Marianne Schaefer in Bricks & Bucks on May 13, 2020
The sprawling Glen Oaks Village co-op in northeast Queens, with almost 3,000 units, did not pay its quarterly property taxes that fell due on April 15 – as a matter of principle. “We need to ease the burden for co-ops,” says Bob Friedrich, president and chief financial officer at Glen Oaks.
Friedrich is also president of the Presidents Co-op and Condo Council, which represents about 100 co-ops and condos, mostly in Queens but also in Brooklyn and Manhattan. The Presidents Council sent a letter to all members, advising them to unilaterally not pay their property taxes at this point. “So many people have been laid off or furloughed and are not able to pay their maintenance,” Friedrich says. “Commercial tenants in co-ops and condos often cannot pay their rent. That puts co-ops and condos in a difficult financial situation. This is especially true for all the affordable and middle-income housing.” The Presidents Council informed the Finance Commissioner Jacques Jiha, Mayor Bill De Blasio and Gov. Andrew Cuomo of its members’ plight, but their plea was simply ignored.
Friedrich believes people are being treated unequally during the current pandemic. “Renters have gotten more rights when they’re unable to pay rent, and taxpayers can file their taxes three months late,” he says. “But when it comes to property taxes, which for most co-ops and condos is their single highest expense, then all we get from the governor is dead silence. It’s not that we’re saying that we don’t want to pay any taxes. When we emerge on the other end of the pandemic, the money will be flowing back in.”
In addition to the silent treatment from elected officials, co-ops and condos have been ruled ineligible for the Small Business Administration’s Paycheck Protection Program, and several insurance carriers have said their business income insurance policies will not pay for lost income due to the coronavirus pandemic. A clearer picture of just how much income has been lost – due to unpaid monthly maintenance by residents and unpaid rent by commercial tenants – should emerge at the end of the month.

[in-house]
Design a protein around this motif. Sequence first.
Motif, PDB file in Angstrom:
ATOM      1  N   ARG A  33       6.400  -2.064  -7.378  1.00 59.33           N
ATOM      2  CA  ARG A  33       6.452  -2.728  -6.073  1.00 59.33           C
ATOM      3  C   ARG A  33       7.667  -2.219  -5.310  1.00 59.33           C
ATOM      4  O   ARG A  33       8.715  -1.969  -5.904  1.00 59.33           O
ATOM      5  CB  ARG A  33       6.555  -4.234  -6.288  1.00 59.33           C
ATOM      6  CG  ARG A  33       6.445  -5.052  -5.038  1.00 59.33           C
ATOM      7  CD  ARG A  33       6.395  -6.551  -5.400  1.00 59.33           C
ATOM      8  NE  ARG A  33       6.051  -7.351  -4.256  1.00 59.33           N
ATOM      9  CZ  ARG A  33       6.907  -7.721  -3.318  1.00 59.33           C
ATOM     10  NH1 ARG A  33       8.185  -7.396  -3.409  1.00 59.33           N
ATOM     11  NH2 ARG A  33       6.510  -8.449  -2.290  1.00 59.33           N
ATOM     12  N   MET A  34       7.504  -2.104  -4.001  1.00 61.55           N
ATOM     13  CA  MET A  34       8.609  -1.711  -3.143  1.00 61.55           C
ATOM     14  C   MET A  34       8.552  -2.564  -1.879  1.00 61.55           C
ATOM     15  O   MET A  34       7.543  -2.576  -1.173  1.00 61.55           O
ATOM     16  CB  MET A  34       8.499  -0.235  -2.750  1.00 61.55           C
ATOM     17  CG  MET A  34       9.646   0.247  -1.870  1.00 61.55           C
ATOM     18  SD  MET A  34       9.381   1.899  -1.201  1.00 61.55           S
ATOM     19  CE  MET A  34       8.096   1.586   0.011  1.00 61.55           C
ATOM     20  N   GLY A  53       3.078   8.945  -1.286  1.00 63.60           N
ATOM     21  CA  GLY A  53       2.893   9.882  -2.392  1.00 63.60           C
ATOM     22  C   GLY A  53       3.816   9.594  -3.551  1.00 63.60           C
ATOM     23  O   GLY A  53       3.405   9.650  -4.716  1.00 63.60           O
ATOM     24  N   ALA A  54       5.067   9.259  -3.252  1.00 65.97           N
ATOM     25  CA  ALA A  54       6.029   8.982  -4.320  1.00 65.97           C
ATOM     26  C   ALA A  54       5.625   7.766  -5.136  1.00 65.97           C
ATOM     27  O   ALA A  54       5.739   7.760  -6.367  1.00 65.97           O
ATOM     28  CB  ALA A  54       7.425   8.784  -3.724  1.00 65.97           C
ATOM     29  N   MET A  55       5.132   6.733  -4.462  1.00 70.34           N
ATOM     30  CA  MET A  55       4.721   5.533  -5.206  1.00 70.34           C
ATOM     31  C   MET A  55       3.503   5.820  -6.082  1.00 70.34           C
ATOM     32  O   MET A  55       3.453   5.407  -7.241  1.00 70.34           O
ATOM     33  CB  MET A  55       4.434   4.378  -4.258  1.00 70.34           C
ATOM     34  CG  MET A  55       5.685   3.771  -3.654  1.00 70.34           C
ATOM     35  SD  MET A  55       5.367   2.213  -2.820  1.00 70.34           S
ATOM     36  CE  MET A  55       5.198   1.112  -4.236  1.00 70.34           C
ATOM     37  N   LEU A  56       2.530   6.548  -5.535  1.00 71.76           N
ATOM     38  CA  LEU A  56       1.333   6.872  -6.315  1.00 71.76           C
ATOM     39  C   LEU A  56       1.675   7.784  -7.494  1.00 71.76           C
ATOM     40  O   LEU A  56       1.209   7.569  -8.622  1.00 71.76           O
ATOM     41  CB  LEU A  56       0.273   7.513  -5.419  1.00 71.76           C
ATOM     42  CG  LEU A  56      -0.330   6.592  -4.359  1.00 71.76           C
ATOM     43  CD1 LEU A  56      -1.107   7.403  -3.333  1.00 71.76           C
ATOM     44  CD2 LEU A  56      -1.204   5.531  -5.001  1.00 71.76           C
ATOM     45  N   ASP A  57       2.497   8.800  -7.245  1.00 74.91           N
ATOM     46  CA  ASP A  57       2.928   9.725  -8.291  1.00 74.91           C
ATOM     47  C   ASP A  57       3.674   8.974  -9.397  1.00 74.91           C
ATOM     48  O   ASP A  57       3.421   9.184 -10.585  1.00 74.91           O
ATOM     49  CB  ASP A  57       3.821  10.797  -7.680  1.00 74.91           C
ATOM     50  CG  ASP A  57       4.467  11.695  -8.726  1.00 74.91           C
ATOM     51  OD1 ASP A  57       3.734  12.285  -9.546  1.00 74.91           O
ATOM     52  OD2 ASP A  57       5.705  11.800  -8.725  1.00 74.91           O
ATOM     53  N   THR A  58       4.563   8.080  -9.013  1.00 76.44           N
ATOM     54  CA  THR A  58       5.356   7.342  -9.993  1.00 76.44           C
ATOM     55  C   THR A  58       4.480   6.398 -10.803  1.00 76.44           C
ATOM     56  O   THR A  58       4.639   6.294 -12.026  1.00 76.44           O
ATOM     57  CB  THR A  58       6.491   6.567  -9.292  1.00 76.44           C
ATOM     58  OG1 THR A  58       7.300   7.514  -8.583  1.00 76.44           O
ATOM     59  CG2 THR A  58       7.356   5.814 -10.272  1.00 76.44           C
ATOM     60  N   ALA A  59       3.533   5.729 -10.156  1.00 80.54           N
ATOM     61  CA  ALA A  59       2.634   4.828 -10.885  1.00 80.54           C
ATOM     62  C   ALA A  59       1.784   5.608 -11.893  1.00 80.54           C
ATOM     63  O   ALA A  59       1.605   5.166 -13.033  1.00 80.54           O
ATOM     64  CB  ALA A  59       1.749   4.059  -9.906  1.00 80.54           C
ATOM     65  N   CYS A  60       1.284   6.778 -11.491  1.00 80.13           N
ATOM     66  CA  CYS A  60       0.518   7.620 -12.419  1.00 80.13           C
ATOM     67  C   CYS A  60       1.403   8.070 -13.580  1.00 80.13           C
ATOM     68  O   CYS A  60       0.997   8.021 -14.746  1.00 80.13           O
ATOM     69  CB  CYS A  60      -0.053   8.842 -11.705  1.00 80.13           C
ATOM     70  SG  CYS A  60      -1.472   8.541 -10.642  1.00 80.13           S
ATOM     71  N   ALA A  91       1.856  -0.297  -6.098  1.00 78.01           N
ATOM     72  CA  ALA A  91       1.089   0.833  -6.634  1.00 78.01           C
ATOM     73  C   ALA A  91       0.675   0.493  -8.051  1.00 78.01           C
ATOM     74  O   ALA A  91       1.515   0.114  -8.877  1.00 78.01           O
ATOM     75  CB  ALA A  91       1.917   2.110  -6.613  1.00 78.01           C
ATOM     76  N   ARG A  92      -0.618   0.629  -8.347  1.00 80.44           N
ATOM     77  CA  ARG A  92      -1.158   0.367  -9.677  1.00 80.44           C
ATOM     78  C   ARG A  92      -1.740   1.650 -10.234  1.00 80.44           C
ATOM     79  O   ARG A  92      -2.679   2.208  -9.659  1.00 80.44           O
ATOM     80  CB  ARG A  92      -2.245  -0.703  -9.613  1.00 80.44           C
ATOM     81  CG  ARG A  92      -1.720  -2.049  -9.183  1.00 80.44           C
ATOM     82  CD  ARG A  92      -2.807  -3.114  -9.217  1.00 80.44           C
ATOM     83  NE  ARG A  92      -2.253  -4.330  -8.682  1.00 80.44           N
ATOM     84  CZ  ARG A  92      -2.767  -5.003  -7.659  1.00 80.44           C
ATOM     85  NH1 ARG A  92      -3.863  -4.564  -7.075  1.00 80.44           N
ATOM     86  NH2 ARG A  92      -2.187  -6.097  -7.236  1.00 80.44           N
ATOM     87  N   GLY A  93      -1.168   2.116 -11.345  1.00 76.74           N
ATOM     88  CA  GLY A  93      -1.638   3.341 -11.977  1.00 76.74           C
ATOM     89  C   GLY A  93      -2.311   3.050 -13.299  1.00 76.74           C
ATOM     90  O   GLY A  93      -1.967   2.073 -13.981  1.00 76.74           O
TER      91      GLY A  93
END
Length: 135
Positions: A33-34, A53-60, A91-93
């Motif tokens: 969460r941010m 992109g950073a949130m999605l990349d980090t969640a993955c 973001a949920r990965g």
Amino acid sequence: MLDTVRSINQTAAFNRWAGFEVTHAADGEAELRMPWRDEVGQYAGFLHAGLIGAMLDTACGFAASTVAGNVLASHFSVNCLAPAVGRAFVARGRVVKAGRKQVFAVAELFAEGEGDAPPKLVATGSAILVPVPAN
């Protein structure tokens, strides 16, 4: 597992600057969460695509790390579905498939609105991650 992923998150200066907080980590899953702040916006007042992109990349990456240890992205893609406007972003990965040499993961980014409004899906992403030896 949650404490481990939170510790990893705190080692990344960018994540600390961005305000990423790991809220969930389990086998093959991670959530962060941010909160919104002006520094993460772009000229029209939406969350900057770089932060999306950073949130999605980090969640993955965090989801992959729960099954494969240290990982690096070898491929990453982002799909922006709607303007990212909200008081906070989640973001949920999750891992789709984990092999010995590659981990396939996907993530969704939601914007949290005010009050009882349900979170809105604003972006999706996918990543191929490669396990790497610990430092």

“The interest and penalty on the property tax would be paid by the very same people who are laid off or furloughed, and that’s an outrage,” Friedrich says.
There has been some tax relief, and more might be on the way. Gov. Cuomo issued an executive order that relaxes specific penalties and interest which can accrue on taxes owed to Westchester and Nassau Counties. In response to the pandemic, Assembly member Alicia Hyndman, a Queens Democrat, has introduced a bill that would authorize localities to extend the application renewal and filing deadline from March 15 to June 15 for certain real property tax abatement programs. And Assembly member Steve Stern, a Democrat from the Long Island town of Dix Hills, has introduced a bill that would allow municipalities to authorize deferred scheduled or installment payments for property tax collection during a declared state of emergency. During deferment of payment, no additional interest or penalties would accrue, and once a state disaster emergency is lifted, taxes would be collected in installments.
But Paul Korngold, a tax lawyer at Tuchman, Korngold, Weiss, Liebman & Lindemann, believes these bills face dim prospects. “The city desperately needs the money right now,” Korngold says. “The New York City budget already had to cut back. I don’t think that any of these bills will get through or that there will be any tax relief for co-ops and condos.”
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